School Daze

This is another prompt from Susan Spann and this week she’s asking about our experiences in school.
Writing has always been one of my passions. When I was in high school, I decided I wanted to become a published author some day. From the third grade, my teachers have complimented me on my skill with the written word. I’d entered several competitions and I was accepted into the Talented and Gifted program at school on the basis of grades and word monkeying.

The other kids in the TAG program weren’t as thrilled as I was. While they built Lego cars with motors and wrote computer programs to make them run, I sat in front of my Mac and penned prose. While they wrote legal documents and played court, I acted as their stenographer. They wanted a break to have a pizza party, I ate from the desk with what I was sure was my first manuscript.

All of my schoolwork was either done in class or at home. When I was in study hall, I was reading the novels my future books would be based on. During one such “research” session, one of the TAG boys, the one who aspired to be class Valedictorian, stopped by my table. He stood over my shoulder, watching as I read a passage and then compared it to my hand-written manuscript. Slowly he leaned over and whispered in my ear, “You know, if you spent as much time on your school work as you do on reading those smut novels you might do better in school.”

My eyes rolled and I stared up at him incredulously. “What?” It wasn’t like my grades were bad. I did fine at school. I didn’t have straight A’s, but that wasn’t what I aimed for, either. I didn’t care I had a B in Algebra. I cared that I had A’s in English and creative writing. I wanted to teach. I wanted to write.

“You should concentrate more on your grades. If you worked more, you’d do better in school.”

“My passion isn’t algebra or science. It’s English and writing. Go away before I get in trouble.”

“You’ll never get anywhere in life with passion and creative writing.”

He wandered away after that, but his words stay with me to this day.  When I’m published, I’ll take my first novel to our class reunion signed to him.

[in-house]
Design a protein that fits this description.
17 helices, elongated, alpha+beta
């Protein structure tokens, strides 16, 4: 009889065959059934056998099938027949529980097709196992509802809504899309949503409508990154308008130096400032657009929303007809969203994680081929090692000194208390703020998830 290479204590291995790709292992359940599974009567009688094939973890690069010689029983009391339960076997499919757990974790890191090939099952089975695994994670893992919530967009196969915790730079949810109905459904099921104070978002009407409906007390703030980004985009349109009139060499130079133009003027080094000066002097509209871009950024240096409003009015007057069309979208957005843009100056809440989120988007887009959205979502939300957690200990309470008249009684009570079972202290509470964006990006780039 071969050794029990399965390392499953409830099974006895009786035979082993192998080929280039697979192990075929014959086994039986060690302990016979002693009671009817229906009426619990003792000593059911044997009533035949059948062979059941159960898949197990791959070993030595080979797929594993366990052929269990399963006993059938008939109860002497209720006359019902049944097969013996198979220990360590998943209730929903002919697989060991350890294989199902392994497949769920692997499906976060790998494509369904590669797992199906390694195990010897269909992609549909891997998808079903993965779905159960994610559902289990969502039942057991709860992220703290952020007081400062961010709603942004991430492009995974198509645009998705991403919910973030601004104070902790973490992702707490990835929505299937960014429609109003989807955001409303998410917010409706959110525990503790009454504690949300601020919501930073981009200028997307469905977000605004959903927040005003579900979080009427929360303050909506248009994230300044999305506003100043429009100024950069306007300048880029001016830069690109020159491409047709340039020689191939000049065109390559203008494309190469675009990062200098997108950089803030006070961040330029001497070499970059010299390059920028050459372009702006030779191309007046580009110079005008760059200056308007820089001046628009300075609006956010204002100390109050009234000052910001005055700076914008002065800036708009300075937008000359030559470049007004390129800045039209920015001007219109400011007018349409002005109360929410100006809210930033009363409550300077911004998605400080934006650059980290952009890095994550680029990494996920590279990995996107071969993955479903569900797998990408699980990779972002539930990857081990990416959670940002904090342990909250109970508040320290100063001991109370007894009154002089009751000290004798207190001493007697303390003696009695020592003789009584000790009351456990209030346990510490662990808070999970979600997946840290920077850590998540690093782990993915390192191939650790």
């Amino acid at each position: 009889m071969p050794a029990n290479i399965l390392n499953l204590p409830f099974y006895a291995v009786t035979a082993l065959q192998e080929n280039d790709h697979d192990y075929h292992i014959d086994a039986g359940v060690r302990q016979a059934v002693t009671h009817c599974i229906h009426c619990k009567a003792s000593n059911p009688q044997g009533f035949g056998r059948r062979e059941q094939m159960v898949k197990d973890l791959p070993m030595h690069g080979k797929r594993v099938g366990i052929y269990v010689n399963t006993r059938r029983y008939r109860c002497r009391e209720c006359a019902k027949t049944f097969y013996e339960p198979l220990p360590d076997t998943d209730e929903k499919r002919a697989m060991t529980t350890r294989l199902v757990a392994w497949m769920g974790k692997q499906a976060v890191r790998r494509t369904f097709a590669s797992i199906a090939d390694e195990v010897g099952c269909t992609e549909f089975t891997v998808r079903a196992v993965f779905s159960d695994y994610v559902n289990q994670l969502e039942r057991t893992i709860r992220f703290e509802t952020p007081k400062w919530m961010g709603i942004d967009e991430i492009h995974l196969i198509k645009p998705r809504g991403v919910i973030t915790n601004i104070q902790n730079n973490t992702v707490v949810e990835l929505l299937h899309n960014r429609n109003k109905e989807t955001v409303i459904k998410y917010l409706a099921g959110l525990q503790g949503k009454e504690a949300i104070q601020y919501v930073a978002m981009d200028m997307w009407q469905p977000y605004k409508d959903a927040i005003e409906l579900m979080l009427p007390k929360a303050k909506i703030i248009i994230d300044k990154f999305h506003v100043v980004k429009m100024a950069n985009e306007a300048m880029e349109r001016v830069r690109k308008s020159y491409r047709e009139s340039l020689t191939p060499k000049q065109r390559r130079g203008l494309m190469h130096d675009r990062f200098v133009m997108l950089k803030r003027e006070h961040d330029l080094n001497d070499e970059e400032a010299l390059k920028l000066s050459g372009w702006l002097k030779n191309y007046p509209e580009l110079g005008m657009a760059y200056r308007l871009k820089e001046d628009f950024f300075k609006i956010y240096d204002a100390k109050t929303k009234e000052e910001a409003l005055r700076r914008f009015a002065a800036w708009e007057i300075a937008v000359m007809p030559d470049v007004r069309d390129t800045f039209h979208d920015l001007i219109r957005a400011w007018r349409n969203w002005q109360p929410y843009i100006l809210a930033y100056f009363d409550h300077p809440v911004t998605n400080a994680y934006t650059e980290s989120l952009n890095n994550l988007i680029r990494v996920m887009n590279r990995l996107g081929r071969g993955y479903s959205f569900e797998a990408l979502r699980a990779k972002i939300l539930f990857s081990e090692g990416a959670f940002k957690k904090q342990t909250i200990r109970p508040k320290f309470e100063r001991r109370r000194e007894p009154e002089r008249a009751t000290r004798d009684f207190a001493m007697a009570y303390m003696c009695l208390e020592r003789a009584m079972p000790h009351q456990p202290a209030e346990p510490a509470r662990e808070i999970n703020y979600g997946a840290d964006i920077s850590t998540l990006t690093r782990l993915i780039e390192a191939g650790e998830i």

About Carrie Fulk Vaughn

Carrie Fulk Vaughn (C.V. Madison) is a licensed massage therapist, author of LGBTQIA, Urban fantasy, horror & romance. Gamer geek full of Mountain Dew and schadenfreude pie. Twitter addict. Ball jointed doll collector.

Posted on October 23, 2012, in Uncategorized. Bookmark the permalink. 4 Comments.

  1. I relate to this story so much. All my life, people tried to tell me I’d never make a living writing – I should do something more sensible with my time. Fortunately, I also had others who supported and believed in the dream. In one sense, I do make my living writing (though it’s legal contracts that pay the bills these days) – but I’m also now nine months from publication of my first novel, the first in a series no less, and it will be worth all the time and effort to see that book baby in print and on the shelves.

    You’re doing the right thing, refusing to surrender – this isn’t just a dream, it’s who you are, and you’ll get there if you refuse to listen to any naysayers and persevere.

  2. Wow, only nine months to go! Congrats on the first of many!

    My ex used to chastise me for writing. “Why are you doing that? It’s a waste of time. Don’t you have better things to do?” Drove me to stop writing for a long time. I’m really glad I made the decision to get back into it again. It was therapeutic for me.

    It’s also a crime when other “professional” writers tell you you’ll never make it as a writer. Thanks for the vote of confidence, pal!

  1. Pingback: When we were Kings (or so we thought) | Janet B Taylor- Writer of YA/HisFic/Time Travel

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